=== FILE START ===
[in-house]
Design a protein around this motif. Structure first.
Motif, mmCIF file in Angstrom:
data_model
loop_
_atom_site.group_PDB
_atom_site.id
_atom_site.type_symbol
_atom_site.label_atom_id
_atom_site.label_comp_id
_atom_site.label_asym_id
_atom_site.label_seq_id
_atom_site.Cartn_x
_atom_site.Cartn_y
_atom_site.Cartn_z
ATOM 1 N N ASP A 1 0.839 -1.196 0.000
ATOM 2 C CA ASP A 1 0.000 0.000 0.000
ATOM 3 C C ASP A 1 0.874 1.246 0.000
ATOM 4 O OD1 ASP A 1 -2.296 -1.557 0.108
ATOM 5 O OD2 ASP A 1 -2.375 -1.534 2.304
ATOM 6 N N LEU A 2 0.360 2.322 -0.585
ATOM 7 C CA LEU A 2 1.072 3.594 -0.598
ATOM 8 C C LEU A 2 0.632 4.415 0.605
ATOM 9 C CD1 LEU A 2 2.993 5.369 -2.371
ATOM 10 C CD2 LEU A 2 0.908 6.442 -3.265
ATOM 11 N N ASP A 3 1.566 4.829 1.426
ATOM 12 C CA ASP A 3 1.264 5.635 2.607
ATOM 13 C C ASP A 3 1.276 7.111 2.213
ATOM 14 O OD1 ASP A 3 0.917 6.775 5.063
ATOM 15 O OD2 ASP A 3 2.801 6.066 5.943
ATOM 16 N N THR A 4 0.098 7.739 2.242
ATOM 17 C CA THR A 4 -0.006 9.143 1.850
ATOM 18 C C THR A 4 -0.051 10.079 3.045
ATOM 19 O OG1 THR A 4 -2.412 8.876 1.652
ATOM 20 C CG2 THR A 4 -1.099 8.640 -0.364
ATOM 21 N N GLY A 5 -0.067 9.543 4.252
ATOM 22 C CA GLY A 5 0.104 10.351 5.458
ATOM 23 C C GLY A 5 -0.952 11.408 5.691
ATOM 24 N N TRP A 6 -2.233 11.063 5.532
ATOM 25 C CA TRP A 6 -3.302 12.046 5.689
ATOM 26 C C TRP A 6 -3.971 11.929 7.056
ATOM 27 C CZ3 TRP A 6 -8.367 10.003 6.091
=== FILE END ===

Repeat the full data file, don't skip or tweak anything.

[in-house]
Design a protein around this motif. Structure first.
Motif, mmCIF file in Angstrom:
data_model
loop_
_atom_site.group_PDB
_atom_site.id
_atom_site.type_symbol
_atom_site.label_atom_id
_atom_site.label_comp_id
_atom_site.label_asym_id
_atom_site.label_seq_id
_atom_site.Cartn_x
_atom_site.Cartn_y
_atom_site.Cartn_z
ATOM 1 N N ASP A 1 0.839 -1.196 0.000
ATOM 2 C CA ASP A 1 0.000 0.000 0.000
ATOM 3 C C ASP A 1 0.874 1.246 0.000
ATOM 4 O OD1 ASP A 1 -2.296 -1.557 0.108
ATOM 5 O OD2 ASP A 1 -2.375 -1.534 2.304
ATOM 6 N N LEU A 2 0.360 2.322 -0.585
ATOM 7 C CA LEU A 2 1.072 3.594 -0.598
ATOM 8 C C LEU A 2 0.632 4.415 0.605
ATOM 9 C CD1 LEU A 2 2.993 5.369 -2.371
ATOM 10 C CD2 LEU A 2 0.908 6.442 -3.265
ATOM 11 N N ASP A 3 1.566 4.829 1.426
ATOM 12 C CA ASP A 3 1.264 5.635 2.607
ATOM 13 C C ASP A 3 1.276 7.111 2.213
ATOM 14 O OD1 ASP A 3 0.917 6.775 5.063
ATOM 15 O OD2 ASP A 3 2.801 6.066 5.943
ATOM 16 N N THR A 4 0.098 7.739 2.242
ATOM 17 C CA THR A 4 -0.006 9.143 1.850
ATOM 18 C C THR A 4 -0.051 10.079 3.045
ATOM 19 O OG1 THR A 4 -2.412 8.876 1.652
ATOM 20 C CG2 THR A 4 -1.099 8.640 -0.364
ATOM 21 N N GLY A 5 -0.067 9.543 4.252
ATOM 22 C CA GLY A 5 0.104 10.351 5.458
ATOM 23 C C GLY A 5 -0.952 11.408 5.691
ATOM 24 N N TRP A 6 -2.233 11.063 5.532
ATOM 25 C CA TRP A 6 -3.302 12.046 5.689
ATOM 26 C C TRP A 6 -3.971 11.929 7.056
ATOM 27 C CZ3 TRP A 6 -8.367 10.003 6.091